You probably know by now that I bought a used D2H, recently. They go for around 400 euros here (compared to 640 for a new D90). The main point of this review is: is the D2H still competitive in today's market?
Let me start out with some quick specs:
8 FPS burst rate
Pro-quality magnesium allow body
Built-in battery grip
1/8000th shutter speed
Ability to meter with non-cpu lenses
ISO range from 200-6400
So, let's analyze!
One might think that 4 megapixels truly cannot keep up with moder cameras, often boasting 12 or 24 megapixels. I, too, was under that impression, until I did the math: 4 megapixels essentially gives you enough resolution to print up to 60 cm at full res.
After a day of shooting with it, I was pleasantly surprised: not only was 4 megapixels more than adequate, it also upscaled quite well if I used a good lens! It also kept the RAW filesizes down, which is good since I only have a slow 1 GB CF card.
It also causes awkward silences when someone tells you your camera is awesome, and they ask how many megapixels it has, but that's another story).
8 FPS burst rate
Need I say more? It's like doing 4 FPS, but twice as fast! Prepare to see heads turning when you "unleash the beast".
It makes the camera heavy, large, and confident to hold. I'm pretty sure I can smash someones head in with it, so that's a plus if someone wants to steal it (I guess?). It's also a disadvantage: When carrying my D90, I sometimes sling it casually over my shoulder, it bumps into my hips/ribs, but all is wel. You can of course imagine the look on my face when that Kilo of Magnesium hit my bone. Ouch.
I'm seeing it over and over again: the bigger your camera/lens, the more professional you look. I once dubbed my D90 + batterygrip the "wannabe D3", but it looks like the D2H just took over that name (maybe I'll name my D90 "plastic fantastic"). Seriously, that thing is HUGE, and heavy. Carry that, and people have absolutely NO doubt whatshowever about you being a professional photographer, which of course helps with my confidence when I'm shooting in public. It also gives interesting possibilities for social engineering, but that's something else.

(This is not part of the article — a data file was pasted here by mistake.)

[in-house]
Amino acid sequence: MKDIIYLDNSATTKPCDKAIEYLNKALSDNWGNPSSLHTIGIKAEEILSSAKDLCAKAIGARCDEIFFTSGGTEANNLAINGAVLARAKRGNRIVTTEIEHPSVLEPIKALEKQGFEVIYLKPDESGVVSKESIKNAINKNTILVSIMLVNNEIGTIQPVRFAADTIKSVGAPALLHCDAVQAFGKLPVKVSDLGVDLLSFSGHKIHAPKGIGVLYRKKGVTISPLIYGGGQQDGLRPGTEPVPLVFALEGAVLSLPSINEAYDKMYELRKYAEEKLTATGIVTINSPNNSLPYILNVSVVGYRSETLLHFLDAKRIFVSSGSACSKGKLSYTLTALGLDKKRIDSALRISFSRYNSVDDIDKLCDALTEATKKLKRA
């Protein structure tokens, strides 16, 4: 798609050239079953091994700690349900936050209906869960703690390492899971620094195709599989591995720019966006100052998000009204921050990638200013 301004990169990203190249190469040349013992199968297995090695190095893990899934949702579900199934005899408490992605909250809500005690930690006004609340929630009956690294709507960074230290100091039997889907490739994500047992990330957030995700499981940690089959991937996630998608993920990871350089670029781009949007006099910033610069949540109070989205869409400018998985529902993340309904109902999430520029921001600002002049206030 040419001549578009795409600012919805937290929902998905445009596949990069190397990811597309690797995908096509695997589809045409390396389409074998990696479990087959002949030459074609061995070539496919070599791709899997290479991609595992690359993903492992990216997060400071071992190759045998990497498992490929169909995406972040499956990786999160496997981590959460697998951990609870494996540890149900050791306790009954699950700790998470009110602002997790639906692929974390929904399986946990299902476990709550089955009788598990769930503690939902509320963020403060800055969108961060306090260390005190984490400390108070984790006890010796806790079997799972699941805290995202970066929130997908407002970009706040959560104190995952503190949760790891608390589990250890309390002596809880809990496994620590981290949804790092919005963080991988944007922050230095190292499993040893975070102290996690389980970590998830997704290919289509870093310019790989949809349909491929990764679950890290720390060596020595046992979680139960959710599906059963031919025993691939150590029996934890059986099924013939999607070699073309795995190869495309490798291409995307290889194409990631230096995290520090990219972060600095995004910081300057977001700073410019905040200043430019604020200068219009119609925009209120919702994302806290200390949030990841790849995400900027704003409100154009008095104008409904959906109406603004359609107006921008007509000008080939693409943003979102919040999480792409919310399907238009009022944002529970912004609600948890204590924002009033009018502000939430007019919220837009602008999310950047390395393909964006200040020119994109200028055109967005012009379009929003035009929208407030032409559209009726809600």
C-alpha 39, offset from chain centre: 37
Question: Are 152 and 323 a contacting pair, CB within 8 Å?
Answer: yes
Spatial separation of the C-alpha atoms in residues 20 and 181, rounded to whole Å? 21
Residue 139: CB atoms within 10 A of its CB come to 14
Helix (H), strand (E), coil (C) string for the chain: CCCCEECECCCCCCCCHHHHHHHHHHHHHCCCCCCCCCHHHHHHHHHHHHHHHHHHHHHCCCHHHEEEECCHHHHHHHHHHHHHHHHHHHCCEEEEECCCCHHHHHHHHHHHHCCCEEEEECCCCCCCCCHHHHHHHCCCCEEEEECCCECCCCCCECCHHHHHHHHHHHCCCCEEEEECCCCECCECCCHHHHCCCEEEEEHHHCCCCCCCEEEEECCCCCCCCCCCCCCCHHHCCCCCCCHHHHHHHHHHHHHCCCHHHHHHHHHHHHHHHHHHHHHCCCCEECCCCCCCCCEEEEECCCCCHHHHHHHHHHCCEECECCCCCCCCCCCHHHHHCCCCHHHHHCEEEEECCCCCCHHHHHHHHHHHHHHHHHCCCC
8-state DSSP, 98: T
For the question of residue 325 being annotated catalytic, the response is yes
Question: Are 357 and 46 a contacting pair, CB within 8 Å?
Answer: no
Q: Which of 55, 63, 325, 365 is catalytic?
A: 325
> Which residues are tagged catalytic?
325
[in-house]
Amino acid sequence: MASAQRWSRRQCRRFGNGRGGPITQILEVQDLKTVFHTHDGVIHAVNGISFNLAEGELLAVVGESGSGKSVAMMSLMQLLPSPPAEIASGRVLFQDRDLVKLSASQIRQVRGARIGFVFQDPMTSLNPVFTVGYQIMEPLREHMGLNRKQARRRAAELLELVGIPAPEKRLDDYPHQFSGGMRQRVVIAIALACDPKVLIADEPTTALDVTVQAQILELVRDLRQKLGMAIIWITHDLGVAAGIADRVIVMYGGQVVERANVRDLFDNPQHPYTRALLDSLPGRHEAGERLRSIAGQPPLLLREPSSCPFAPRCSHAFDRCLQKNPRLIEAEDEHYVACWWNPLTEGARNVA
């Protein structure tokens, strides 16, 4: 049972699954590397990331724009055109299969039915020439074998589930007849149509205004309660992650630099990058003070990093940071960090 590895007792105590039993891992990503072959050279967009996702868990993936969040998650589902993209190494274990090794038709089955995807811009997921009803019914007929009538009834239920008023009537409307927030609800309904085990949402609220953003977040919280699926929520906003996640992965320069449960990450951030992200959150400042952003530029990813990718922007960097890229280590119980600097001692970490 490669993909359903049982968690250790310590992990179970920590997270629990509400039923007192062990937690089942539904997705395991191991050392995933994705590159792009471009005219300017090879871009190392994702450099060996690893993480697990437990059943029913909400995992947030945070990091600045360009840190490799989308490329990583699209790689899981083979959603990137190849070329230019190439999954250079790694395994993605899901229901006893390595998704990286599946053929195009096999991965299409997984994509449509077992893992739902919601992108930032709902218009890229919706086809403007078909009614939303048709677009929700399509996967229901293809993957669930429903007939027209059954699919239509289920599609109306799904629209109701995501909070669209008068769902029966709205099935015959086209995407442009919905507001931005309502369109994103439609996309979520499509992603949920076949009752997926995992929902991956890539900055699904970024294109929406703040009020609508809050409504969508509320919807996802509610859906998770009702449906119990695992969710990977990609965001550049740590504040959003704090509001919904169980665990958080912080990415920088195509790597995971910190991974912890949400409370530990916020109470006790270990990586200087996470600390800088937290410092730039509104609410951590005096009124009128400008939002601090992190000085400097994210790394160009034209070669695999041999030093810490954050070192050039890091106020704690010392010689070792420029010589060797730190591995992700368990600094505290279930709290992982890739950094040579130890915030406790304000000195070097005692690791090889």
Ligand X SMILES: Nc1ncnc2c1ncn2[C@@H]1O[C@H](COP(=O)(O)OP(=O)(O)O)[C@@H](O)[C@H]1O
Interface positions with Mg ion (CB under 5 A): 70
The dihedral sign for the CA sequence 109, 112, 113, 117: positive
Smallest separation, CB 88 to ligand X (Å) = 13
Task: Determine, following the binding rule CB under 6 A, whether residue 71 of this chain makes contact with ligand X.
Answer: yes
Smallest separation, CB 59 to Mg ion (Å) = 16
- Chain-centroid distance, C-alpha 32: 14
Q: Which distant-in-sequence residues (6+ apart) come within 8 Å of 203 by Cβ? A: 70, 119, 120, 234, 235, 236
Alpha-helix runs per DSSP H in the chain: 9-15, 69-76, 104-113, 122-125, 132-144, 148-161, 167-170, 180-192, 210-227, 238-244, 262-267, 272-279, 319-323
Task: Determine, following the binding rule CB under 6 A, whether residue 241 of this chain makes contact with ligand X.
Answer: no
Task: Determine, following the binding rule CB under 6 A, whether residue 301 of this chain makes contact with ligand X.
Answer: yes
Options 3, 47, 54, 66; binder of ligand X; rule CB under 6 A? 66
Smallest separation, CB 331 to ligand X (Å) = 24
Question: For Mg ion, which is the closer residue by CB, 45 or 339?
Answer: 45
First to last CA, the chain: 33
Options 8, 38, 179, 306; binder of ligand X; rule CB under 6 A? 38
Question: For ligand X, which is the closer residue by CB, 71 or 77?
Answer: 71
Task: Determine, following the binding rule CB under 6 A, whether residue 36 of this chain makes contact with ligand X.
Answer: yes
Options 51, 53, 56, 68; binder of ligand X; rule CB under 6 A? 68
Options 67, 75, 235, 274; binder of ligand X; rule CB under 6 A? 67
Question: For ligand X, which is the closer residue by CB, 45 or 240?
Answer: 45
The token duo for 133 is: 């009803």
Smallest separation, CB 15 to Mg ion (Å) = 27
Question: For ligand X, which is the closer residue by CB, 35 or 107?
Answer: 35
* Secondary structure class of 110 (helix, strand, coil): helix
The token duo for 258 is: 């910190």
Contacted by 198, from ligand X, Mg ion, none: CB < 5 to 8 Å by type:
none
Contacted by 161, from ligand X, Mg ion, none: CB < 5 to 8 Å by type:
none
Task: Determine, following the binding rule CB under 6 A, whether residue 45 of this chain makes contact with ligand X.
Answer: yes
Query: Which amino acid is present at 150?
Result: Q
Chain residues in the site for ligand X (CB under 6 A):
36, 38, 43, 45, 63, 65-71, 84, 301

This may sound like a small thing, but it definitely comes in handy. With my D90, I often found myself hitting the shutter speed roof on sunny days with fast lenses. Pictures becoming overexposed, having to adjust settings etc.. Now with the D2H, it automatically scales higher up to 1/8000th (which I hit regularly on sunny days at F/2.8 or less). Nice!
Metering with non-cpu lenses
Like it says, maybe I can score a cheap AI-S macro lens, or get one of those samyang fisheyes.
Well, as Canon owners know all too well, ISO range
does not matter one bit. Yes, that 450D can get 128.600 ISO or something, but I think we can all agree it looks terrible. Same story with the D2H. 1600 is in my opinion still acceptable, and 3200 can be used in a stretch, but 6400 truly is a step too far. Still, I'd rate the difference with the d90 at about 1-2/3 stops, which isn't too bad when you realize the 4 years difference.
so, that brings us to the conclusion
. Is the D2H still relevant today?
The answer is yes, but it comes with a few snags. Don't expect to be snapping away at ISO 6400 and get clean images. ISO 1600 was already my max with the D90 (fast lenses) so I don't worry about it too much. The camera is also pretty heavy, so I wouldn't recommend it for a holiday (that's OK, I'll just remove the grip of my D90). It's also a VERY complicated machine, do NOT hand the camera to a friend/family member and expect a sharp picture (or any picture at all).
However, for sports, action, and events....this is what I'd bring. Can it replace my D90? Nope. Can it complement it? Perfectly!
Here's some pictures from the first day: